• Days later I got a CT, [which should have required that] the new CT be compared to the previous, [but they didn’t]. I was not surprised. With my history of lung mets, I have many oddities in my lungs, all happily stable for years, i.e., no cancer growth. However, [because no comparison was made,] the new CT report indicated lots of “areas of concern, suspicious for metastases,” [which] seemed to be a disaster in the making. A new doctor would have assumed that I had sudden and aggressive growth, and without my previous knowledge, I would have been devastated.

Just give us the info, and even a bit of education, and we can change this medical system for the better, and very quickly.

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Okay, that’s a start – your turn! Do you have stories (your own or online articles) of where patient access made a difference, or could have?  Note that you can post anonymously or with an alias if you want.

 

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Comments

15 Responses to “Request: true stories of where patient engagement in the chart made a difference”

  1. When my daughter’s doctors were stumped, I aggregated the blood work data from three hospitals (data from the other hospitals were faxes or photocopies of her medical record). I spent some time researching via google what could be the cause of the high blood potassium levels. I finally found pseudophypoaldosteronism type II and emailed the Chief Nephrologist saying “Alexis has Pseudohypoaldosteronism Type II, who can help confirm my diagnosis and treat her?” Thankfully we had very quick resolution to that medical mystery once everyone was engaged!

    • Great story, Catherine!

      Question: what was the doctors’ reaction? Did they welcome or resent your participation?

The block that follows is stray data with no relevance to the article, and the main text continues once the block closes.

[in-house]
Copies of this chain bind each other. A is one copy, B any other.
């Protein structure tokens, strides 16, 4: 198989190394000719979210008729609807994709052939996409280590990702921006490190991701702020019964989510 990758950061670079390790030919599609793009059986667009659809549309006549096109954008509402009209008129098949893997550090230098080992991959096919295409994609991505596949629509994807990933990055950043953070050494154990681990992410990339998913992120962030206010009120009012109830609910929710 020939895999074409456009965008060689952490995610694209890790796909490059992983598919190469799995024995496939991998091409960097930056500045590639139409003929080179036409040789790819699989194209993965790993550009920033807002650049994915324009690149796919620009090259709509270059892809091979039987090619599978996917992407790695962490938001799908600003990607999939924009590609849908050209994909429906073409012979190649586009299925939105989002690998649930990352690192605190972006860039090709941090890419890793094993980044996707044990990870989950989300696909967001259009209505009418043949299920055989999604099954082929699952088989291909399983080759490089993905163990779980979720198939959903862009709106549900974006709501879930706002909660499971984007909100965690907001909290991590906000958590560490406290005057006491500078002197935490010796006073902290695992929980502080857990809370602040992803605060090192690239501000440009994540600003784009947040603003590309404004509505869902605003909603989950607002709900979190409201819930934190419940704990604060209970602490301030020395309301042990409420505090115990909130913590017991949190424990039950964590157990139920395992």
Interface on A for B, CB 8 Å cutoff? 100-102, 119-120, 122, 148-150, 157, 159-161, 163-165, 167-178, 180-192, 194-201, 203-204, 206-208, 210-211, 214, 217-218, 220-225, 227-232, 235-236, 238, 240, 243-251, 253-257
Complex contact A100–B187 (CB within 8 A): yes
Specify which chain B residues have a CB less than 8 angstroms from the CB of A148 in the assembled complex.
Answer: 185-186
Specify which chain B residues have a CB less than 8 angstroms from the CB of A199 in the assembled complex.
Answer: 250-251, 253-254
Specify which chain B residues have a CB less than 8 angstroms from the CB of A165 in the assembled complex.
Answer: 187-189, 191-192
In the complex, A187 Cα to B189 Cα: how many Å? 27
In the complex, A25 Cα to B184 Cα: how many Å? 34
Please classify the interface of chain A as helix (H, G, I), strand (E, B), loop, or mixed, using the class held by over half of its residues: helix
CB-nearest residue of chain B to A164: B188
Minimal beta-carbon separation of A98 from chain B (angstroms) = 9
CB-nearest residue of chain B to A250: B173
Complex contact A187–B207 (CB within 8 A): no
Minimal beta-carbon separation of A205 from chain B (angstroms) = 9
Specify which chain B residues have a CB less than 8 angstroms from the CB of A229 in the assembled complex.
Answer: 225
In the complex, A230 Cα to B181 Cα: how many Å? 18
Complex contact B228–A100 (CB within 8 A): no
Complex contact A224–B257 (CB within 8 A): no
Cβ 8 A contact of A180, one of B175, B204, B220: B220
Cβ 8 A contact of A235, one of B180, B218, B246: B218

And did you SAY “Alexis has…” or did you suggest it, like “It looks like she has…”?

      • Marge says:

        This reminds me of the “doctor-nurse” game where the nurse would prompt the doctor to make a discovery and then he would take credit for it. There were articles written about this.

        Let’s encourage patients to be direct with their language.

        • Could you say more, Marge? I think I understand the doctor-nurse thing you’re talking about (it happens all over humanity, I think, not just at the hospital bedside) but I don’t see the connection here.

  2. I am a dual citizen of the US and Israel. Until now, most of my medical needs were taken care of by the national health system of Israel, which shares records with patients online.

    I recently had melanoma surgery in Israel, I and was told I needed a follow-up “risk reduction surgery” to enlarge the cancer-free margins. I was planning a five-month visit to the US, where I have Medicare.

    The Israeli hospital doctors were enthusiastic about my plan, so cooperative, they gave me a lengthy surgery/pathology report in English and even gave me my own pathology slides to bring to the USA. As a result, the American surgeon did not have to repeat any tests, and actually give me personally-tailored advice not to bother with surgery for now, just do Close Monitoring. Access to records was absolutely crucial.

    • Great example! One pattern I’m noticing here is care coordination between providers – I’d summarize it as “Care can’t possibly transfer well if the data doesn’t come too.” And since doc-to-doc workflows aren’t reliable yet, “let patients help” is the best available remedy. Yes?

      • In regard to the inefficiencies of doctor-to-doctor workflows, consider the ever greater problem of institution-to-institution workflows, as is often a problem with second opinions, or just within this highly mobile society. The ONLY constant element in the mix of variables is the patient.

        Basic common sense for most situations is the argument. The value of the patient input, in addition to that of the accurate record, is, per a researcher at the U of Miami, “otherwise, we lose the privilege of their insight”.